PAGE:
The British government, of whatever political persuasion, makes a great deal out of the fact that primary and secondary education in this country is provided free of charge. Parents do not have to pay to send their kids to school, and unless they opt out of the state system, there are no fees to pay at any stage of a child’s education, until University age. So from that, it would be fair to assume that parents are not expected to pay anything towards their child’s education, right? Wrong. Although parents are not charged to send their children to school, there is a long list of charges which can cause serious damage to the wallet.
Schools have recently been attacked by the Office of Fair Trading for the lack of competition in the uniform market. Parents are in general in agreement that uniform is a good thing, and many schools have capitalized on this by introducing a compulsory uniform. Many schools have chosen a basic white shirt and black trousers uniform which can be bought anywhere, but others insist that their pupils wear blazer, sweatshirt, polo shirt and PE kit all with the school logo. At around £15 per polo shirt compared with £2 for a plain one from the supermarket, the cost soon rockets.
Schools are not allowed to ask for donations or fundraise to pay the salaries, rent or provide basic equipment such as jotters. Times are tight economically though, and many of the non-essential items in a school may have to be bought through funds raised by the parents. This could include additional laptops so children do not have to share, extra sash clamps for the technical department, playground equipment or sports equipment. Parents are not forced to take part in the raffle to raise money for the sash clamps, but can feel pressured into contributing if they feel that everyone else is.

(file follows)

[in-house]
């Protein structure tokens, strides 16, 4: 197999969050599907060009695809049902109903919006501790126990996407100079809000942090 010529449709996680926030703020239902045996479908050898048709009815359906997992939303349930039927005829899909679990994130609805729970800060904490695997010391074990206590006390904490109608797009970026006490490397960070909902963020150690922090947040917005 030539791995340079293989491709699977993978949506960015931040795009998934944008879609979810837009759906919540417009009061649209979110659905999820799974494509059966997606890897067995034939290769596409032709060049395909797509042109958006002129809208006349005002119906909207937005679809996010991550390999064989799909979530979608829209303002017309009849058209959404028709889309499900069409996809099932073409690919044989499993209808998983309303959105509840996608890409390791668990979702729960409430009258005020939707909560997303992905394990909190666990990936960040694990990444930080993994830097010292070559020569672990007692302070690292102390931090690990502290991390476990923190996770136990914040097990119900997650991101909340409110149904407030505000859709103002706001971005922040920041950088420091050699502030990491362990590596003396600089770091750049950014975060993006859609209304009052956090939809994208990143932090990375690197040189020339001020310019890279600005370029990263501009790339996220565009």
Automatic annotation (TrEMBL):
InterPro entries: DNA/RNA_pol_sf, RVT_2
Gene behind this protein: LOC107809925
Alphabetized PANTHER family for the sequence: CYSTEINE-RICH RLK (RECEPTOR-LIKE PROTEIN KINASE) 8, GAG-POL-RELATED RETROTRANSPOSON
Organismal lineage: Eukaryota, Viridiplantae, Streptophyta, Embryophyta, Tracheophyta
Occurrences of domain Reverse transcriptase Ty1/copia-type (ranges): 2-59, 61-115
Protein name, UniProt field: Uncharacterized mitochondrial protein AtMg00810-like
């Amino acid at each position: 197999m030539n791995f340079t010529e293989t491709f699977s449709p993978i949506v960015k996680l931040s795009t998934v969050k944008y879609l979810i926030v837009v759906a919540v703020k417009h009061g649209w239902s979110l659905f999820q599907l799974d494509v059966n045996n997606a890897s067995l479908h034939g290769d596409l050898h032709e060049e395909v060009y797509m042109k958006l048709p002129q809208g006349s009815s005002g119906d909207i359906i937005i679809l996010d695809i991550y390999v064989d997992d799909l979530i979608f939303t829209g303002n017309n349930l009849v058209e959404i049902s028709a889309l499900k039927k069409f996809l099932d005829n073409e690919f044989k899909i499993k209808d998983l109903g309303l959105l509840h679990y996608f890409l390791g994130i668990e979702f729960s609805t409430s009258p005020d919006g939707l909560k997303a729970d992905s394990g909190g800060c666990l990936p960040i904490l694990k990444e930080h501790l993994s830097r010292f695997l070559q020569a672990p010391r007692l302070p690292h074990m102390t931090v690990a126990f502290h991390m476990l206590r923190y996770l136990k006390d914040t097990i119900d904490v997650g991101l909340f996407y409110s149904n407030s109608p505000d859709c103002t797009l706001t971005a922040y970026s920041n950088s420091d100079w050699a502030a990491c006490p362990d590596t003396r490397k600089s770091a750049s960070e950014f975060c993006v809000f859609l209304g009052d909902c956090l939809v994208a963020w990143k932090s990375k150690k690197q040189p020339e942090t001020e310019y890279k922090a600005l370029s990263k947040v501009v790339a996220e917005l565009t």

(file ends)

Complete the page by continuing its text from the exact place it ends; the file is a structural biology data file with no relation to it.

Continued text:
One of the biggest bones of contention when it comes to parents’ finances is the issue of school trips. Schools do try to keep costs to a minimum, and will have funds to help parents who genuinely cannot afford the cost, but many parents feel an understandable stigma in flagging this up to the Head Teacher. The bigger pressure comes as children get older, and the day trip to a local museum or castle turns into a week-long stay at an outdoors activity centre or a fortnight’s skiing in Austria. These trips can often be hugely expensive, but the upside is that many other parents will be in the same boat and not every child in the class will be going.
Although the basics of education are covered by central government, some schools ask parents to make additional contributions for materials used in class. Parents whose children are taking Home Economics will be expected to either send in cash or buy ingredients for cooking classes, and those whose children study music will be expected to fork out for instruments or music stands. This can all add considerably to the cost of a basic education.
It’s unlikely that as a parent you should have to contribute such large items in terms of ‘materials’ as sash clamps, however you may be ushered into fund raising for new workshop equipment or similar. Bridge Tools have an excellent selection of workshop tools available including everything that a child would be expected to use in a Design & Technology class.